- Create a sanctuary space.
- A sanctuary space is a place where your dog or cat is comfortable and happy. Ideally, it would be an internal room with few windows.
- Talk to your veterinarian sooner rather than later about medications or supplements that can help your pet.
- It isn’t uncommon for it to take a week or two to figure out which medication or supplement is right for your pet.
- Use pheromone analogues to calm your pet.
- Adaptil, Feliway and Zenidog are great options.
- Do not bring your pet to fireworks displays.
- If your pet is afraid of fireworks, they need you there with them to help them cope. It is one day of the year so stay home!
- Use white noise, classical music or a combination of both (Zoundz Music for pets) to drown out the sound of the fireworks.
- Play the tunes or white noise loud enough to drown out the sound of the fireworks.
- Use food toys and play to distract your pet.
- When your dog or cat is sad, get happy. Try to entice them to play with their favorite toy in the sanctuary space.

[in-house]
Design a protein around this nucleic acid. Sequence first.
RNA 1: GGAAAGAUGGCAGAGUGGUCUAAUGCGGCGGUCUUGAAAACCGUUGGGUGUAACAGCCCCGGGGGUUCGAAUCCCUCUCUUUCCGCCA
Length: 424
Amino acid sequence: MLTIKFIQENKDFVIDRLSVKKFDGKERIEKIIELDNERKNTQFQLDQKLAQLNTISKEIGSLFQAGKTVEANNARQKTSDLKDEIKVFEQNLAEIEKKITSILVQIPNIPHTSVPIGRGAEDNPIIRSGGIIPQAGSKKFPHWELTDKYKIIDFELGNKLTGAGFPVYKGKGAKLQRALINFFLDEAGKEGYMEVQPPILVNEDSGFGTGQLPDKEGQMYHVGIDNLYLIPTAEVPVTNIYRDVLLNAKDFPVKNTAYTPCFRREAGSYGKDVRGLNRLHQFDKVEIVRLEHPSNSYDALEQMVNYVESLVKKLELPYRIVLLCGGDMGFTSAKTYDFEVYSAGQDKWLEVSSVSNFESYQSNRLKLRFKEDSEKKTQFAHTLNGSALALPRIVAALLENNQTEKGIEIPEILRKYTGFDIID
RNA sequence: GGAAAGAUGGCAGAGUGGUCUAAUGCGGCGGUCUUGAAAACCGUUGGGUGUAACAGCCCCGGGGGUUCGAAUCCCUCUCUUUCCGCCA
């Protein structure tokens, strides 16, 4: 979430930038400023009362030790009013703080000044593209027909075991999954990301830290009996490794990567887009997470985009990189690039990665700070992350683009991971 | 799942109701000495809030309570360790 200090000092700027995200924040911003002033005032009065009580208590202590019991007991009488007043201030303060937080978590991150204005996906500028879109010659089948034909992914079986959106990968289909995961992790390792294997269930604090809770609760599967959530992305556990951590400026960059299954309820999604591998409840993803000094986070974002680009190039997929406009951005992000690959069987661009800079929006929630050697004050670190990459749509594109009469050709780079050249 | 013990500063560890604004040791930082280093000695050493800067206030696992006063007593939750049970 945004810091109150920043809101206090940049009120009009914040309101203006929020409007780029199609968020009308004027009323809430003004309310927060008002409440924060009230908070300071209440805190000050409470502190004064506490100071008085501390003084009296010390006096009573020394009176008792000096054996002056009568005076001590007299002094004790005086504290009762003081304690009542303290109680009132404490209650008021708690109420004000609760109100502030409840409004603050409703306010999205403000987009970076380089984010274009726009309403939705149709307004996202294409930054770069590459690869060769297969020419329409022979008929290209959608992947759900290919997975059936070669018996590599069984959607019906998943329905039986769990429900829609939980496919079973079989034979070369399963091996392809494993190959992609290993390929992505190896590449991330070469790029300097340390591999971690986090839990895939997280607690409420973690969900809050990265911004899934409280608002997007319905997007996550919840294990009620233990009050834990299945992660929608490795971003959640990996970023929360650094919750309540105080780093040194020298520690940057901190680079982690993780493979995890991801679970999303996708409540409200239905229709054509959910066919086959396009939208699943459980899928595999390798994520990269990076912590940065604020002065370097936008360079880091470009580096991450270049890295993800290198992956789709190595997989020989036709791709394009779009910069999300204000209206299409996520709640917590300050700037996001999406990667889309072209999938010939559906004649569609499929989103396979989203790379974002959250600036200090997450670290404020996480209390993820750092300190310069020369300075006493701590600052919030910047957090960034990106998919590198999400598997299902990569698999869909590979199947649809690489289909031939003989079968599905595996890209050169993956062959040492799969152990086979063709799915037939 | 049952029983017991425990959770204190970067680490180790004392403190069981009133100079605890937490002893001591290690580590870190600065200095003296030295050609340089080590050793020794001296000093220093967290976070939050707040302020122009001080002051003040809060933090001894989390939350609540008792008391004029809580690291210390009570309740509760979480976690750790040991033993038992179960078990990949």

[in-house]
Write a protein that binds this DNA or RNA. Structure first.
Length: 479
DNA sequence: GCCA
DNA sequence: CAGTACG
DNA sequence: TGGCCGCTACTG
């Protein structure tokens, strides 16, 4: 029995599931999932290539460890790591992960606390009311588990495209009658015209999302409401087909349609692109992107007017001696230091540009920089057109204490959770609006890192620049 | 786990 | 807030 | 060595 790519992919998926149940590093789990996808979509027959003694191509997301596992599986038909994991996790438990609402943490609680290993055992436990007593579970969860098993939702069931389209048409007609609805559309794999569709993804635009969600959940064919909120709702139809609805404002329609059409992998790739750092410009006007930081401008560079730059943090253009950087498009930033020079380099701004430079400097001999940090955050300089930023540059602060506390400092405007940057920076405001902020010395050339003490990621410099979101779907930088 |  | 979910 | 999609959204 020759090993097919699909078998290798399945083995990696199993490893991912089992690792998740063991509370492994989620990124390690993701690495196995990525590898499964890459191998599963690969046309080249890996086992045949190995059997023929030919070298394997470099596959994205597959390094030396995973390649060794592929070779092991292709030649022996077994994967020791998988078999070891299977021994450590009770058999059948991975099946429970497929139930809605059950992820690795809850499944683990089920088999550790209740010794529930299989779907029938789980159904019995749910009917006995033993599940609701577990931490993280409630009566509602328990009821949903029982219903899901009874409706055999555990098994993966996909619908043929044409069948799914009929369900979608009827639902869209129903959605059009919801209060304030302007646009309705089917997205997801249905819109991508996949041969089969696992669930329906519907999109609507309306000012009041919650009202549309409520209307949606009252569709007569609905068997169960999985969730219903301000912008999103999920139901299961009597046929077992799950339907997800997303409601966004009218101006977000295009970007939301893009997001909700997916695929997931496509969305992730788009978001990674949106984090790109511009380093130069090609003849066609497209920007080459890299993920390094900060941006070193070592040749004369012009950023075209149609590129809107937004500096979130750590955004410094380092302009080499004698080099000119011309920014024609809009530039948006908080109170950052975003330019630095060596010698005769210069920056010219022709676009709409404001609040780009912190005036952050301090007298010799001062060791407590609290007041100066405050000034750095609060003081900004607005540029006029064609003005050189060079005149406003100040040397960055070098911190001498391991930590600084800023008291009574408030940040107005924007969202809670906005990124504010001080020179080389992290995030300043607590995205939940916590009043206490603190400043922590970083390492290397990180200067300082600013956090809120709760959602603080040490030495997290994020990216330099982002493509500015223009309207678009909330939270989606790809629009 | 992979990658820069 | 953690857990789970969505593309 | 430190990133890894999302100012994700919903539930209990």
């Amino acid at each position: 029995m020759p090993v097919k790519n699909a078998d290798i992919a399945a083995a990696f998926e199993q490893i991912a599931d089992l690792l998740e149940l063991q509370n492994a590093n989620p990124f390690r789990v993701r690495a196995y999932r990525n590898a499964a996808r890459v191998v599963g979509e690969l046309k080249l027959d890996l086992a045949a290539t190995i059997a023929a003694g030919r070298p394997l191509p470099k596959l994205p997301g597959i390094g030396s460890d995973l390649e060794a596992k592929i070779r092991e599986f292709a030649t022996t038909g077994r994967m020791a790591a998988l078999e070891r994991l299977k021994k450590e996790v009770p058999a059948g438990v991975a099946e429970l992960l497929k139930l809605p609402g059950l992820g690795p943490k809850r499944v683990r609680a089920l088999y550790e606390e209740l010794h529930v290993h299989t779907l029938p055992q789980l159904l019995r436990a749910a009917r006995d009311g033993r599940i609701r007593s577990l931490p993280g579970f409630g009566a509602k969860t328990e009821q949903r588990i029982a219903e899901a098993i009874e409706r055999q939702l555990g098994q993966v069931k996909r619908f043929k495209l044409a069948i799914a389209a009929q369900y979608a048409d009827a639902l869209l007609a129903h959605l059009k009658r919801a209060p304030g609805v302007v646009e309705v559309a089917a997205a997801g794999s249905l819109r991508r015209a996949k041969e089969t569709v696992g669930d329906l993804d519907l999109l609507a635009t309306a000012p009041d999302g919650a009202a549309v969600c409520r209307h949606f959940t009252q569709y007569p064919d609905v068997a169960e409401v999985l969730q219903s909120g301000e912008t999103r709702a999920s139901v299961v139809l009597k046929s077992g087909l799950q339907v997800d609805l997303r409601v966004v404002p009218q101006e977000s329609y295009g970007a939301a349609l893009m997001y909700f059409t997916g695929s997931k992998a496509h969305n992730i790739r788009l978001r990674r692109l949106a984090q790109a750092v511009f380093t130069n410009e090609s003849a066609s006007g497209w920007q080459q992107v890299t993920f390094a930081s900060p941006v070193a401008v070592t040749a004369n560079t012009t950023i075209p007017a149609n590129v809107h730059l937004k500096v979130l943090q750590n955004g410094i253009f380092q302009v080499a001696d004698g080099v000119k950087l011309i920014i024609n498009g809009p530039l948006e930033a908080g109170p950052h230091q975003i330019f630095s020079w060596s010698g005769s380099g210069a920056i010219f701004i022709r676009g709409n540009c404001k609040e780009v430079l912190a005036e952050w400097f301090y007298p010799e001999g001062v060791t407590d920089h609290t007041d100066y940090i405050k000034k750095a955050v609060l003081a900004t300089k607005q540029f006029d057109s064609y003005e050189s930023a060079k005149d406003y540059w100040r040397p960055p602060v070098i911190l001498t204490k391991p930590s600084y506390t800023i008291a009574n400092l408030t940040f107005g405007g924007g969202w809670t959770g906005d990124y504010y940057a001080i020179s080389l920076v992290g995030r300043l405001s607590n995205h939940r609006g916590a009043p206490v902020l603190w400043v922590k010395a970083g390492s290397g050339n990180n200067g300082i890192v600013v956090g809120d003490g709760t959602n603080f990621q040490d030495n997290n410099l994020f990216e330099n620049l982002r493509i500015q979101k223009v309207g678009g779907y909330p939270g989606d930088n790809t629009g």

- Stuff food toys with their very favorite food and place them in the sanctuary space to help them cope.
- Use ear covers to keep your pet from hearing the fireworks.
- Rex Ear Pro and Mutt muffs are great options.
- Hug your dog or cat if that makes them happy.
- Gone are the days when we ignored our pets when they were scared or panicking. If your pet needs you, comfort him. On the other hand, if your pet wants to be left alone, let him be.
- Start early.
- You know your neighborhood. If your neighbors set off fireworks all week long, be prepared and keep your pet in the sanctuary space as much as possible during that time.
- Don’t contribute to the problem.
- Don’t set off fireworks at your home.